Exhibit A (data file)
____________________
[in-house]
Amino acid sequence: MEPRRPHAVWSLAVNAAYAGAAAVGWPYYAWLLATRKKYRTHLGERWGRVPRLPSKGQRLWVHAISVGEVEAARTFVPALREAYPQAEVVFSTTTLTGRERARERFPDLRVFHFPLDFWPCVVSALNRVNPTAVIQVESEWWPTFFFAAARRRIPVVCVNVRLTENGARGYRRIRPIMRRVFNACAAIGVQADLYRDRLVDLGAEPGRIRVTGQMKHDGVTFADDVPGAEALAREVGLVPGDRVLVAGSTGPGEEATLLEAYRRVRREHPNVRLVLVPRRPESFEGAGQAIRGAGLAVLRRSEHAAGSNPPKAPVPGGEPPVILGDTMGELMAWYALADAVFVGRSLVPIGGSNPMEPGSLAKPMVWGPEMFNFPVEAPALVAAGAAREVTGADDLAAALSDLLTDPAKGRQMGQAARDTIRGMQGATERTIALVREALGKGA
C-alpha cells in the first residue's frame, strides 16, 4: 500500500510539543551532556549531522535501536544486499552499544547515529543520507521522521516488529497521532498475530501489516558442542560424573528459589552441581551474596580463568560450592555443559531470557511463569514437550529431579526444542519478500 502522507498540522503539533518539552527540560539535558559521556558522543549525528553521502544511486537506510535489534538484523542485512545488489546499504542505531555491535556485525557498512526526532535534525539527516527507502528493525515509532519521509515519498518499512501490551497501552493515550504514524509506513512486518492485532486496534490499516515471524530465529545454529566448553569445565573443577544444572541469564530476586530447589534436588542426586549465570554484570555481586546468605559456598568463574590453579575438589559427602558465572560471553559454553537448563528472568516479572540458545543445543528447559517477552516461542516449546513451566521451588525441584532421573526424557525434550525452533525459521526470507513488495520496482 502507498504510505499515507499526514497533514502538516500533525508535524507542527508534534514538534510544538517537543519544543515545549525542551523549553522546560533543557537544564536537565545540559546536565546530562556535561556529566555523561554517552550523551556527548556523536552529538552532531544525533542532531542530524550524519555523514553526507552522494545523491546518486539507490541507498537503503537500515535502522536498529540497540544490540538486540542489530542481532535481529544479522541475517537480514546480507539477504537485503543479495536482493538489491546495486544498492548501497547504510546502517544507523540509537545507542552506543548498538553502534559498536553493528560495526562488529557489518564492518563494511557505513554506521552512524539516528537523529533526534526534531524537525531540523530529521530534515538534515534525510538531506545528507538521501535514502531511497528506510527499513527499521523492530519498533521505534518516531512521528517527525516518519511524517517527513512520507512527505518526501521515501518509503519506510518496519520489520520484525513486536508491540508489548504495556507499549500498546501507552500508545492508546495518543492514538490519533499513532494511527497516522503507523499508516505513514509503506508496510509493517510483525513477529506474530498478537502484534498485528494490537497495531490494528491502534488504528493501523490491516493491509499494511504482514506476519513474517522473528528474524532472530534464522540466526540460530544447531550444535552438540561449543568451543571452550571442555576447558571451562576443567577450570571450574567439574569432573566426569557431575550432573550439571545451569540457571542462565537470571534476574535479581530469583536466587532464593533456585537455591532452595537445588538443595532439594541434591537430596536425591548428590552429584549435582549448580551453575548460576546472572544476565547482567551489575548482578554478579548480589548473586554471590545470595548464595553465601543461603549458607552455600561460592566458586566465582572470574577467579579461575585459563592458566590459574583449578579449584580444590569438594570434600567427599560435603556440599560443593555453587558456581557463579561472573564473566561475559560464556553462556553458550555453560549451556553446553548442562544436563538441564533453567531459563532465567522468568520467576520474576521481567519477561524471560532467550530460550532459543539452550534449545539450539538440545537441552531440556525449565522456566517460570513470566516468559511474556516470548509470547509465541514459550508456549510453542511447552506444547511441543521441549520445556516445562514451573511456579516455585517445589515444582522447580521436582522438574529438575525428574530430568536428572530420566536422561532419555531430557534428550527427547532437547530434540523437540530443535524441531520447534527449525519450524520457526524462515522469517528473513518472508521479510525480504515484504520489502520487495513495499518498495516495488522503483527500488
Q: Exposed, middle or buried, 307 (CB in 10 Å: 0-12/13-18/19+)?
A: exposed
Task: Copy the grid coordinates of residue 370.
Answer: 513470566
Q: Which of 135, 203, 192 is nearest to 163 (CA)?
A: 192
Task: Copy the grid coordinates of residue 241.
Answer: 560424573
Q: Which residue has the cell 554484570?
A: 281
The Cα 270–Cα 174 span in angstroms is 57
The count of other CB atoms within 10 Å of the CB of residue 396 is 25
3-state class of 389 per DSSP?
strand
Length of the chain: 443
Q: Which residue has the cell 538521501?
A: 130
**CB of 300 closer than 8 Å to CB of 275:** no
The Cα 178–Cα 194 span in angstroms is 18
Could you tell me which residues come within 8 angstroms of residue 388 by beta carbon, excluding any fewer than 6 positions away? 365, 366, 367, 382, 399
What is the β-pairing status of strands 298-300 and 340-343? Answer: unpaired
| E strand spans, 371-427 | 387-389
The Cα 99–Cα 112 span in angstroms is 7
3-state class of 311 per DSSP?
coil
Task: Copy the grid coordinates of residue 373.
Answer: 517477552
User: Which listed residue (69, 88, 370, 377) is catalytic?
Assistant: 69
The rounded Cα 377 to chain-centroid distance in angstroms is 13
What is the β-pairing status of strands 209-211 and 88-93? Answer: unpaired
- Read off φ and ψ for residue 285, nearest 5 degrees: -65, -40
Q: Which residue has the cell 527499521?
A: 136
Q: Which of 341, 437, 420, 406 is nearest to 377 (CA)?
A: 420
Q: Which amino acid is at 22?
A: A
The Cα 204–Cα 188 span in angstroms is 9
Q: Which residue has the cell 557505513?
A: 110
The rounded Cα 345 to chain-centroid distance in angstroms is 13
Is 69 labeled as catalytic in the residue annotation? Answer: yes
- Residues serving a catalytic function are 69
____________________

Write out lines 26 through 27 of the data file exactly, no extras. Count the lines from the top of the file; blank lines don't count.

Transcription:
The Cα 99–Cα 112 span in angstroms is 7
3-state class of 311 per DSSP?